Watching Ports Versus Watching Applications
In the "Processing and Overhead" section, earlier in the chapter, we briefly discussed redundant plugins that monitored a Web server. One plugin simply connected to port 80 on the Web server, while the other attempted to login to the Web site hosted by the server. The latter plugin is an example of what is increasingly being referred to as End to End (E2E) Monitoring, which makes use of the monitored services in the same way a user might. Instead of monitoring port 25 on a mail server, the E2E approach would be to send an email through the system. Instead of monitoring the processes required for CIFS, an E2E plugin would attempt to mount a shared drive, and so on.
While introducing more overhead individually, E2E plugins can actually lighten the load when used to replace several of their conventional counterparts. A set of plugins that monitors a Web application by checking the Web ports, database services, and application server availability might be replaced by a single plugin that logs into the Web site and makes a query. E2E plugins tend to be "smarter." That is, they catch more problems by virtue of detecting the outcome of an attempted use of a service, rather than watching single points of likely failure. For example, an E2E plugin that parses the content of a Web site can find and alert on a permissions problem, where a simple port watcher cannot.
Sometimes that's a good thing and sometimes it isn't. What E2E gains in rate of detection, it loses in resolution. What I mean by that is, with E2E, you often know that there is a problem but not where the problem actually resides, which can be bad when the problem is actually in a completely unrelated system. For example, an E2E plugin that watches an email system can detect failure and send notifications in the event of a DNS outage, because the mail servers cannot perform MX lookups and, therefore, cannot send mail. This makes E2E plugins susceptible to what some may consider false alarms, so they should be used sparingly.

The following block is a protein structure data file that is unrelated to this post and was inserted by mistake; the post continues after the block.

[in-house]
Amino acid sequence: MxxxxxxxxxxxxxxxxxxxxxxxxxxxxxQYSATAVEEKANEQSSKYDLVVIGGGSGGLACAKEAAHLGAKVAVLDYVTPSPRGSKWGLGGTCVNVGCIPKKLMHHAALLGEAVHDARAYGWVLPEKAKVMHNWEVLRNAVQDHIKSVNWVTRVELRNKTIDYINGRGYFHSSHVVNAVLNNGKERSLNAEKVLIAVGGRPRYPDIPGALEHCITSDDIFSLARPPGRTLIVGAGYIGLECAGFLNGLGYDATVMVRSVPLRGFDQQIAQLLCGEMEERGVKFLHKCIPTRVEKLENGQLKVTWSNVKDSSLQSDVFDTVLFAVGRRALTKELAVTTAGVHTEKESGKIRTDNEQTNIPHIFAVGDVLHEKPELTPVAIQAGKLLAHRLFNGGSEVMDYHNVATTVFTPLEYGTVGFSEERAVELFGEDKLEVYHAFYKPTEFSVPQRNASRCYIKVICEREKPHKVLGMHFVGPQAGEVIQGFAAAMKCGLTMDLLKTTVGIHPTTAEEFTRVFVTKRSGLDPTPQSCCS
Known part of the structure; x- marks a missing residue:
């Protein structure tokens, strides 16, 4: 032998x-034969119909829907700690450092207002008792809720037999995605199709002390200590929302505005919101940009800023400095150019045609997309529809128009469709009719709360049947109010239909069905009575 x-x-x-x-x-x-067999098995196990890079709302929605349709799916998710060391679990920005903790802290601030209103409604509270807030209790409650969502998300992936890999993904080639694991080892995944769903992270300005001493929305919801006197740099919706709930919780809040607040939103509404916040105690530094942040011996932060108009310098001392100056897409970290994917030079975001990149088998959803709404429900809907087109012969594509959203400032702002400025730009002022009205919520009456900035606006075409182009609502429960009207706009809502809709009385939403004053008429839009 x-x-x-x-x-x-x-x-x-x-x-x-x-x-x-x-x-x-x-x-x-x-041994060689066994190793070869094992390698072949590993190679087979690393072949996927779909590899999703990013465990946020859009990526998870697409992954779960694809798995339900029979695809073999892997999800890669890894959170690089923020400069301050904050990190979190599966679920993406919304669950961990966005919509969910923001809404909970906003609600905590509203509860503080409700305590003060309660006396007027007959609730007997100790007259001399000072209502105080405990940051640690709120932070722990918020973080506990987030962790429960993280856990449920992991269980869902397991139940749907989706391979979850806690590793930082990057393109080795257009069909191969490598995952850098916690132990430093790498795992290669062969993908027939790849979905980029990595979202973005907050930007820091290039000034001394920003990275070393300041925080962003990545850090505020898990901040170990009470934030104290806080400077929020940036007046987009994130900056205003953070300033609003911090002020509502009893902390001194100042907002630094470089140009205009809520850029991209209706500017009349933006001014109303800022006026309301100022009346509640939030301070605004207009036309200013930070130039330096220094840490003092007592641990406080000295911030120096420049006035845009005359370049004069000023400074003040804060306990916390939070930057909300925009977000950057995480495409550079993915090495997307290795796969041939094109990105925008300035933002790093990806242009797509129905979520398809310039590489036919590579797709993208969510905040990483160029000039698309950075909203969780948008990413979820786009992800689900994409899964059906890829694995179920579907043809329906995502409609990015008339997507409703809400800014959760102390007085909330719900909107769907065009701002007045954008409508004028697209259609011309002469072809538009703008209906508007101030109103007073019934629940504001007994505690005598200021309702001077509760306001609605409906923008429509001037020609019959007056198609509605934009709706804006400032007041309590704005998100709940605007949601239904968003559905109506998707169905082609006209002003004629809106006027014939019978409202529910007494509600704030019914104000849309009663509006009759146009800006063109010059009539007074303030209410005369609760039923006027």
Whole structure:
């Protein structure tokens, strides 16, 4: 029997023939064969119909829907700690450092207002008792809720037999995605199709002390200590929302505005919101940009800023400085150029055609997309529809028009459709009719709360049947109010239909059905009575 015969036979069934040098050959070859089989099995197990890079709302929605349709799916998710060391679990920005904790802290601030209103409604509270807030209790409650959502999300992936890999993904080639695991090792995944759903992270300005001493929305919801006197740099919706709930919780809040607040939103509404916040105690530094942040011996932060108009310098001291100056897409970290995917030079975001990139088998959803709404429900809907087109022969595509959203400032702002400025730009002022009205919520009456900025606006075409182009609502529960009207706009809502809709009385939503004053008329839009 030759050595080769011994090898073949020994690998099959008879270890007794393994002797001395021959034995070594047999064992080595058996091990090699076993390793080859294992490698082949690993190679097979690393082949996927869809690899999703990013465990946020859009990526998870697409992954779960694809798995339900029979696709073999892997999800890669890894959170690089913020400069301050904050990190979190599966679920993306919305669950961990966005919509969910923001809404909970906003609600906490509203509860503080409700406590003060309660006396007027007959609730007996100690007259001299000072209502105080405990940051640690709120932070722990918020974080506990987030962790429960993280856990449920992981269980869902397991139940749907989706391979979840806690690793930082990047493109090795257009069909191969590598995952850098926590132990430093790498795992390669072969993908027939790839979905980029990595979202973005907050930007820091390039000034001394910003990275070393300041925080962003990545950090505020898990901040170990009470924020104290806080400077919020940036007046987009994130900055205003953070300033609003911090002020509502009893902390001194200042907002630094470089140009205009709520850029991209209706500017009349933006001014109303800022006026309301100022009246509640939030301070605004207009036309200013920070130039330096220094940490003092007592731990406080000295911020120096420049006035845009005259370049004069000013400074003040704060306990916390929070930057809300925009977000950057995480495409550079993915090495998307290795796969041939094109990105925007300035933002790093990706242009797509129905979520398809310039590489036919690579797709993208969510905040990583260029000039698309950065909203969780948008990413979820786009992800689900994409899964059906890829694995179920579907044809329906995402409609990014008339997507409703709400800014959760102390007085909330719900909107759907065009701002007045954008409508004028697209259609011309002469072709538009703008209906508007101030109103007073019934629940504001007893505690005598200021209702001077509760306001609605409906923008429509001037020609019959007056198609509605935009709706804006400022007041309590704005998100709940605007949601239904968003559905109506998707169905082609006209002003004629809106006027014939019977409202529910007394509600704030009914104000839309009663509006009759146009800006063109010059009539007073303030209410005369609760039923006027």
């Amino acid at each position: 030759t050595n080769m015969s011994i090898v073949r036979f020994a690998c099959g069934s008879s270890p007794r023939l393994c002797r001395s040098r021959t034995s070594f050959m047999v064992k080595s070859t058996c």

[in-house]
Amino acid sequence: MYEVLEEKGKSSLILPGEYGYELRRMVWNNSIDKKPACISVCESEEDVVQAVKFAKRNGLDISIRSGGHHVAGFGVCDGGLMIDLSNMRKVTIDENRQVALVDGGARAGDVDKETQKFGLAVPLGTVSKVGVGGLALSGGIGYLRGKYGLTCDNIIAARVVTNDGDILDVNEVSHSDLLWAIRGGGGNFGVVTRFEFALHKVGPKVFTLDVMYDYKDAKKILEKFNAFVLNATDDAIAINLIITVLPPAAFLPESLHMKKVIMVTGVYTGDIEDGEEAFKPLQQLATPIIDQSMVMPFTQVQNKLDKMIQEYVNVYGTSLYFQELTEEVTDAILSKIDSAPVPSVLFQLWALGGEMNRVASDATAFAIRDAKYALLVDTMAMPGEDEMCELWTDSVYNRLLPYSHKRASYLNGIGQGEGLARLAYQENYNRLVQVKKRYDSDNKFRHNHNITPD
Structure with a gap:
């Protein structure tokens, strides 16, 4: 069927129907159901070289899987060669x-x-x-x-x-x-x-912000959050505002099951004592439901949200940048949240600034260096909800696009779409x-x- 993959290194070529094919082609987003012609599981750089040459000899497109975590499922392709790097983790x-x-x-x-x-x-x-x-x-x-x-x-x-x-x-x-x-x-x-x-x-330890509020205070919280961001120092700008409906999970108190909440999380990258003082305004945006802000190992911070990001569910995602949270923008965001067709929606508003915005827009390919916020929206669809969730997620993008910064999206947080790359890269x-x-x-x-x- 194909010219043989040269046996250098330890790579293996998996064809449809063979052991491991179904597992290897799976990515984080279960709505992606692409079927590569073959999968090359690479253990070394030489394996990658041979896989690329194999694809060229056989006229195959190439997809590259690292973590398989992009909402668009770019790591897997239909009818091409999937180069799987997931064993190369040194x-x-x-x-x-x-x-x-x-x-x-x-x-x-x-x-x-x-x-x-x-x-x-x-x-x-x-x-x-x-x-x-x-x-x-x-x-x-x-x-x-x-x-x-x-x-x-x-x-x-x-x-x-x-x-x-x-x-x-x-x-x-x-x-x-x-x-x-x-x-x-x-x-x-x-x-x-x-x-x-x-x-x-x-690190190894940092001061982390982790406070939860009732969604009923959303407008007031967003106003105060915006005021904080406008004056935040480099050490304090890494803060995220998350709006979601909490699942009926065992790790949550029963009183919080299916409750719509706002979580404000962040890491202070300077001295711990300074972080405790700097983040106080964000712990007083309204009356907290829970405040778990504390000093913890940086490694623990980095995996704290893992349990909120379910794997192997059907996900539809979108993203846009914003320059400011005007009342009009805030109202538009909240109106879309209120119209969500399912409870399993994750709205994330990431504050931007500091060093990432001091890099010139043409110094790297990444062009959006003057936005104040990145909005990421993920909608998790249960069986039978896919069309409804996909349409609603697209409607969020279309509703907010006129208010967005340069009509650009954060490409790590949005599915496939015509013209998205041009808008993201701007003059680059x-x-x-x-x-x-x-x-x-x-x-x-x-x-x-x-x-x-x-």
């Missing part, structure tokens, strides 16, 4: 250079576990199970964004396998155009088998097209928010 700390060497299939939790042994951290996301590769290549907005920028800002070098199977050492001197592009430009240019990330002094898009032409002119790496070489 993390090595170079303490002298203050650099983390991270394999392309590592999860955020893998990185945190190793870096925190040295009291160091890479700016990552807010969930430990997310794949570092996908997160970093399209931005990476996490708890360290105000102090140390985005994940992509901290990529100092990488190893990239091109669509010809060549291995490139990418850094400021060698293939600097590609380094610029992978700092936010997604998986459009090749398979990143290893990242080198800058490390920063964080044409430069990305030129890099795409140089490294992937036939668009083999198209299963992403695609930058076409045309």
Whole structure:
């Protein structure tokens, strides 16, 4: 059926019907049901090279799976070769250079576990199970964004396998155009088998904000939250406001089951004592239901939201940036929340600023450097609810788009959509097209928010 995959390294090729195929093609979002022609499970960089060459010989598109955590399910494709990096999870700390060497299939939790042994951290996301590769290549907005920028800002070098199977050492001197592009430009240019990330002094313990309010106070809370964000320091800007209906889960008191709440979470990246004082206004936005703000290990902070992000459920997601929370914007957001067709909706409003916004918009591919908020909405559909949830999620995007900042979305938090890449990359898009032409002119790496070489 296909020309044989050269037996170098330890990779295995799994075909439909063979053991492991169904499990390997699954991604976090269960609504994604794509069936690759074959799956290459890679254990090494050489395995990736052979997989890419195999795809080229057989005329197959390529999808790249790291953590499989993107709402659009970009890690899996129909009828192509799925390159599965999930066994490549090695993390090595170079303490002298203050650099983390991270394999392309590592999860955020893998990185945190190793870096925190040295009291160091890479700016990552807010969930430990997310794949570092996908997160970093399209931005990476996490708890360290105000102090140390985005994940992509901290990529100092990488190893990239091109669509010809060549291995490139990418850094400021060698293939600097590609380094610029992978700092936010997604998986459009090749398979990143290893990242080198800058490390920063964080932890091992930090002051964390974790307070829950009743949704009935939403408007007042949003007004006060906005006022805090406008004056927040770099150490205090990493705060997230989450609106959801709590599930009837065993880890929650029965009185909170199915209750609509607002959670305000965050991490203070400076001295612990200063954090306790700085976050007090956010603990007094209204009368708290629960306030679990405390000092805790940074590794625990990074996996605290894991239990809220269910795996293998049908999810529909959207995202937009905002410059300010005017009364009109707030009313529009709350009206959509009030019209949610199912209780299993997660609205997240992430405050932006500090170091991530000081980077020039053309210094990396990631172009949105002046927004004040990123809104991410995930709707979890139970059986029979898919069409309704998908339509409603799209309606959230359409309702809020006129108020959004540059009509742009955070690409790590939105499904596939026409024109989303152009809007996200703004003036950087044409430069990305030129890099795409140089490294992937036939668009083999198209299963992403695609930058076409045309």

A problem in some unrelated infrastructure, which affects a system responsible for transferring funds, is something bank management needs to know about, regardless of the root cause. E2E is great at catching failures in unexpected places and can be a real lifesaver when used on systems for which problem detection is absolutely critical.
Adoption of E2E is slow among the commercial monitoring systems, because it's difficult to predict what customers' needs are, which makes it hard to write agent software. On the other hand, Nagios excels at this sort of application-layer monitoring because it makes no assumptions about how you want to monitor stuff, so extending Nagios' functionality is usually trivial. More on plugins and how they work is in Chapter 2, "Theory of Operations."